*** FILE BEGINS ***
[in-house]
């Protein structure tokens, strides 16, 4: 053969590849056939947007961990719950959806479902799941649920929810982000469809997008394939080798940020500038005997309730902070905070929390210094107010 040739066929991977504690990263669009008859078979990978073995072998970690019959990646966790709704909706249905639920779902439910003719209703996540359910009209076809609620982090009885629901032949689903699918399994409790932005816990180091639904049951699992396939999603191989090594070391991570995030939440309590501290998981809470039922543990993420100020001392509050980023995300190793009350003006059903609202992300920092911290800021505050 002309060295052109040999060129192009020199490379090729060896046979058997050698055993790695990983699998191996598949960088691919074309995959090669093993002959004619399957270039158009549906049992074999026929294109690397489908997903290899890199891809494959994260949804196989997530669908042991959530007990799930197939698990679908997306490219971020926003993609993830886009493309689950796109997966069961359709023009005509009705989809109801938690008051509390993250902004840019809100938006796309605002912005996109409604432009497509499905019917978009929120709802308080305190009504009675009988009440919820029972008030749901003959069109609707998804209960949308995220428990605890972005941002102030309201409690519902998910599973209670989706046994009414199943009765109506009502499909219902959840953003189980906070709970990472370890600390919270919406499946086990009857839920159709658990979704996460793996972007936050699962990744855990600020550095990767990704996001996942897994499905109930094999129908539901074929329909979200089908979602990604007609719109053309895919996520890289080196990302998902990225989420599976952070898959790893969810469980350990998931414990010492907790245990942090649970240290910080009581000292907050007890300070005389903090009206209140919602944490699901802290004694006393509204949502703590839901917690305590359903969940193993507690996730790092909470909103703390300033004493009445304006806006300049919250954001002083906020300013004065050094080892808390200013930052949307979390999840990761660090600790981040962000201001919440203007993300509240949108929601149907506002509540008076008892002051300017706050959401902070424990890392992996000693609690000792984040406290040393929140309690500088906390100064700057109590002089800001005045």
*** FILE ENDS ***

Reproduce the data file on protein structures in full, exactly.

[in-house]
């Protein structure tokens, strides 16, 4: 053969590849056939947007961990719950959806479902799941649920929810982000469809997008394939080798940020500038005997309730902070905070929390210094107010 040739066929991977504690990263669009008859078979990978073995072998970690019959990646966790709704909706249905639920779902439910003719209703996540359910009209076809609620982090009885629901032949689903699918399994409790932005816990180091639904049951699992396939999603191989090594070391991570995030939440309590501290998981809470039922543990993420100020001392509050980023995300190793009350003006059903609202992300920092911290800021505050 002309060295052109040999060129192009020199490379090729060896046979058997050698055993790695990983699998191996598949960088691919074309995959090669093993002959004619399957270039158009549906049992074999026929294109690397489908997903290899890199891809494959994260949804196989997530669908042991959530007990799930197939698990679908997306490219971020926003993609993830886009493309689950796109997966069961359709023009005509009705989809109801938690008051509390993250902004840019809100938006796309605002912005996109409604432009497509499905019917978009929120709802308080305190009504009675009988009440919820029972008030749901003959069109609707998804209960949308995220428990605890972005941002102030309201409690519902998910599973209670989706046994009414199943009765109506009502499909219902959840953003189980906070709970990472370890600390919270919406499946086990009857839920159709658990979704996460793996972007936050699962990744855990600020550095990767990704996001996942897994499905109930094999129908539901074929329909979200089908979602990604007609719109053309895919996520890289080196990302998902990225989420599976952070898959790893969810469980350990998931414990010492907790245990942090649970240290910080009581000292907050007890300070005389903090009206209140919602944490699901802290004694006393509204949502703590839901917690305590359903969940193993507690996730790092909470909103703390300033004493009445304006806006300049919250954001002083906020300013004065050094080892808390200013930052949307979390999840990761660090600790981040962000201001919440203007993300509240949108929601149907506002509540008076008892002051300017706050959401902070424990890392992996000693609690000792984040406290040393929140309690500088906390100064700057109590002089800001005045």